February 15, 2001 Hannah Arendt Papers Available in Electronic Format

Complete Collection Available On Site at Library of Congress and Two Other Institutions; Selections Available Online

Contact: Guy Lamolinara (202) 707-9217
Website: www.loc.gov

The papers of the author, educator and political philosopher Hannah Arendt (1906-1975) are one of the principal sources for the study of modern intellectual life. Located in the Manuscript Division at the Library of Congress, they constitute a large and diverse collection reflecting a complex career. The papers contain correspondence, articles, lectures, speeches, book manuscripts, transcripts of Adolf Eichmann's trial proceedings, notes and printed matter pertaining to Arendt's writings and academic career. The entire collection has been digitized and will be available beginning this summer to researchers in reading rooms at the Library of Congress, the New School University in New York City and the Hannah Arendt Center at the University of Oldenburg in Germany. Parts of the collection are now available on the Library's American Memory Web site www.loc.gov; the final release of the online collection will be this summer. The current preview of selections from Arendt's writings also includes an essay on Arendt's intellectual history, a chronology of her life and an index of all folders in the Arendt Papers.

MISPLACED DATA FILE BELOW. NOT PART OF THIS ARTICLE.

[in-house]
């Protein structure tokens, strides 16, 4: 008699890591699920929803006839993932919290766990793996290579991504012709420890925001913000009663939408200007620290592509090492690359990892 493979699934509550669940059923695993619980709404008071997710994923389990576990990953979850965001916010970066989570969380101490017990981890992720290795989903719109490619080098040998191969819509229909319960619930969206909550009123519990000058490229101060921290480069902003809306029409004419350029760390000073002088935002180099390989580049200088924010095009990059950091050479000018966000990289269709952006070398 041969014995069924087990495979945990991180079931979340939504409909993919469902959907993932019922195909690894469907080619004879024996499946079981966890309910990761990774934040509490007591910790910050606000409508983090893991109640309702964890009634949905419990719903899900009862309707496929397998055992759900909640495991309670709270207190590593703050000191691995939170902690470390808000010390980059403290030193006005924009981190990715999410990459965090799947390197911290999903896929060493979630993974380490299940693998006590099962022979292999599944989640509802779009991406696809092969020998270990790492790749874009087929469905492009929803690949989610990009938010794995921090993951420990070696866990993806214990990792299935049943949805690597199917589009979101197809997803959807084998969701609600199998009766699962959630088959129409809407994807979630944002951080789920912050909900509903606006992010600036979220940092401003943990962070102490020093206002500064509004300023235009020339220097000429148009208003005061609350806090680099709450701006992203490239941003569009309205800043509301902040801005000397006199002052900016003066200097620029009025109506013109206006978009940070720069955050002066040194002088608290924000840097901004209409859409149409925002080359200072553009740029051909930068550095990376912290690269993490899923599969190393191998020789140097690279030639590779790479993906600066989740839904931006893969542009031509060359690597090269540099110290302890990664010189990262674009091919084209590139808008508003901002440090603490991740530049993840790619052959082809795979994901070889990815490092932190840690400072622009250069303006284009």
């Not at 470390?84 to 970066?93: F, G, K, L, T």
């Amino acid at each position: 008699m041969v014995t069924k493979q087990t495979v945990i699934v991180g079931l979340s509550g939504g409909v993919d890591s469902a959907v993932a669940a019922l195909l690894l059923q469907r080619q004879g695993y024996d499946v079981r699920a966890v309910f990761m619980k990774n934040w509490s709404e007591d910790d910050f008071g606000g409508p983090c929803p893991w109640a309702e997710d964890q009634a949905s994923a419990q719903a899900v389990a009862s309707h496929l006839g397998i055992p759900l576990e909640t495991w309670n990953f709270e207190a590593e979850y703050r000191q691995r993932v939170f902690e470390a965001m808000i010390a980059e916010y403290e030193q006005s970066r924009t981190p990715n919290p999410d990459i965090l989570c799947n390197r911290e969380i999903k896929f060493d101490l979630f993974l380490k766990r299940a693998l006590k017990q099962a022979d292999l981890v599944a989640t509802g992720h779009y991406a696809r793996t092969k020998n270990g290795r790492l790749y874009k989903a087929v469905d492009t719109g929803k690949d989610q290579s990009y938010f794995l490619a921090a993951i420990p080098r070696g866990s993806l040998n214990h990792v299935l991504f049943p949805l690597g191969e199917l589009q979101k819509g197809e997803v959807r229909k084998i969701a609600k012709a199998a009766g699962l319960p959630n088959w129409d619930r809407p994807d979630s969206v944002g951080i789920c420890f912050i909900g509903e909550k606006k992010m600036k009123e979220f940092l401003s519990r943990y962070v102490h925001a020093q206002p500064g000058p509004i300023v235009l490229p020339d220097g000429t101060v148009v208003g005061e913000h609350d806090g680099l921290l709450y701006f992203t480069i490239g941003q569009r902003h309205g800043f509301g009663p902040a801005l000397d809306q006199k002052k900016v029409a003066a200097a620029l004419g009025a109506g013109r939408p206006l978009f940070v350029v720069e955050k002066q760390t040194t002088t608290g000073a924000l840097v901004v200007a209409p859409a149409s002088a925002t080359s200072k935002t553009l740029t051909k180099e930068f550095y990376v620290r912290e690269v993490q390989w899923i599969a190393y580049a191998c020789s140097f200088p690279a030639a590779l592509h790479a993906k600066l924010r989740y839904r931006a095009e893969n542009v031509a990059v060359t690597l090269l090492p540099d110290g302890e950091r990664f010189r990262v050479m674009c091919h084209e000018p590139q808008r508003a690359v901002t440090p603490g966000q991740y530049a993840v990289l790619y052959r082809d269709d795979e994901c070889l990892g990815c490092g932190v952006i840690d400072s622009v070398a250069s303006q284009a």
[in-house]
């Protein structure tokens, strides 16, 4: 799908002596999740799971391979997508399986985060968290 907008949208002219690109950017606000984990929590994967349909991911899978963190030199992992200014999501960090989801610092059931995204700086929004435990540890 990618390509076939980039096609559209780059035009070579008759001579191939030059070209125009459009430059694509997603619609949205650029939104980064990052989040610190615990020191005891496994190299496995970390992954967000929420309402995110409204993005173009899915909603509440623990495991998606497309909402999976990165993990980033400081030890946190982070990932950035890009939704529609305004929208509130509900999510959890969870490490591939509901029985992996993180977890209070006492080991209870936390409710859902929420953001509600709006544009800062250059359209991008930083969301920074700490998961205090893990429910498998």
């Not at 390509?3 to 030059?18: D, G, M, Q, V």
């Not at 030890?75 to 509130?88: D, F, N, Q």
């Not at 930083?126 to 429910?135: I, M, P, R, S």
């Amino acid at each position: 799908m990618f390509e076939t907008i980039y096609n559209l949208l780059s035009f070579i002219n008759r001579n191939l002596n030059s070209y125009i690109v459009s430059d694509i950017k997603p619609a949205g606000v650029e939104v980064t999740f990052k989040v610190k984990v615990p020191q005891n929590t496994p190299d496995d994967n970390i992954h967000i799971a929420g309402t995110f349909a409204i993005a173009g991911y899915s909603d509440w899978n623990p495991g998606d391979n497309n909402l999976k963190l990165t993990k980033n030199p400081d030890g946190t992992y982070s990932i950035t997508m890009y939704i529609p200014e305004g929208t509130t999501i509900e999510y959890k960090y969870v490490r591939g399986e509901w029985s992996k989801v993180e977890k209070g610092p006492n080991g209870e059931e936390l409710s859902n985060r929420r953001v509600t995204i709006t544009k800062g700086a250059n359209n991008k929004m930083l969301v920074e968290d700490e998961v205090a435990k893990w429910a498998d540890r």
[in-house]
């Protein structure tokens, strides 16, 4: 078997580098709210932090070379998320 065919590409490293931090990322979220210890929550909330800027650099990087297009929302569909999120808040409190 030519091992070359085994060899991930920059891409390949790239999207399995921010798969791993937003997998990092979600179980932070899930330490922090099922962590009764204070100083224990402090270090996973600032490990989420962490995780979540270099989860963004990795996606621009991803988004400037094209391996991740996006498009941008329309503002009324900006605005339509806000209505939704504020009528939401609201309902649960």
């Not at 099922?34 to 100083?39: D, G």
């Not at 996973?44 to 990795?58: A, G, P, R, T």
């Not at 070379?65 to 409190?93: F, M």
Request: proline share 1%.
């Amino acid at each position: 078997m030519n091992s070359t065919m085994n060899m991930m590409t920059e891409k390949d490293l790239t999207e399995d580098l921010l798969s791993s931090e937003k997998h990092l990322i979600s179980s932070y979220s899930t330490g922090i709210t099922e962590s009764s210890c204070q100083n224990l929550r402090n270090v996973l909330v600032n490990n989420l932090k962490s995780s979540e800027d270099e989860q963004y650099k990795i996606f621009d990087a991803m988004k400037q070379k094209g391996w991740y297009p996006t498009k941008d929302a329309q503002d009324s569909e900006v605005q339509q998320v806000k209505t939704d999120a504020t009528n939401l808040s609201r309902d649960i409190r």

The digitization of the Hannah Arendt Papers is made possible through the generous support of the Andrew W. Mellon Foundation.

Internet distribution of the Hannah Arendt Papers at the Library of Congress presented formidable copyright challenges, given the quantity and complexity of the materials involved. In view of the lengthy process that would have been necessary to secure permission to release the entire collection online, the decision was made to concentrate on sections of the papers most useful for researchers on Arendt and her work. With the advice of special consultant Professor Jerome Kohn of the New School University, the project staff identified four document series as the top priorities for seeking copyright permissions: the "Adolf Eichmann File," "Subject File," "Speeches and Writings File" and the "General" section of the "Correspondence File." The preview release offers selections highlighted by Professor Kohn, primarily from within the "Speeches and Writing File," with some additional material from other relevant files.

A special online presentation by Professor Kohn, "The World of Hannah Arendt," is also currently available. The presentation provides an illustrated overview of Arendt's life and career.

"The Hannah Arendt Papers" is one of more than 90 available from American Memory, a project of the National Digital Library Program of the Library of Congress. More than 5 million American historical items are offered, fulfilling the Library's goal as its Gift to the Nation during its Bicentennial, celebrated on April 24, 2000.

The American Memory collections cover the breadth of U.S. history, from the nation's founding, the wars it has fought, the Great Depression and the great inventors to baseball, the civil rights and women's suffrage movements, modern music and theater, the conservation movement and photography. The online papers of Presidents Washington, Jefferson and Lincoln bring to life these men and their times. A century later, film brought a new dimension to the public's perception of the careers of presidents such as Theodore Roosevelt, footage of whom is also on the site.


PR 01-027
ISSN 0731-3527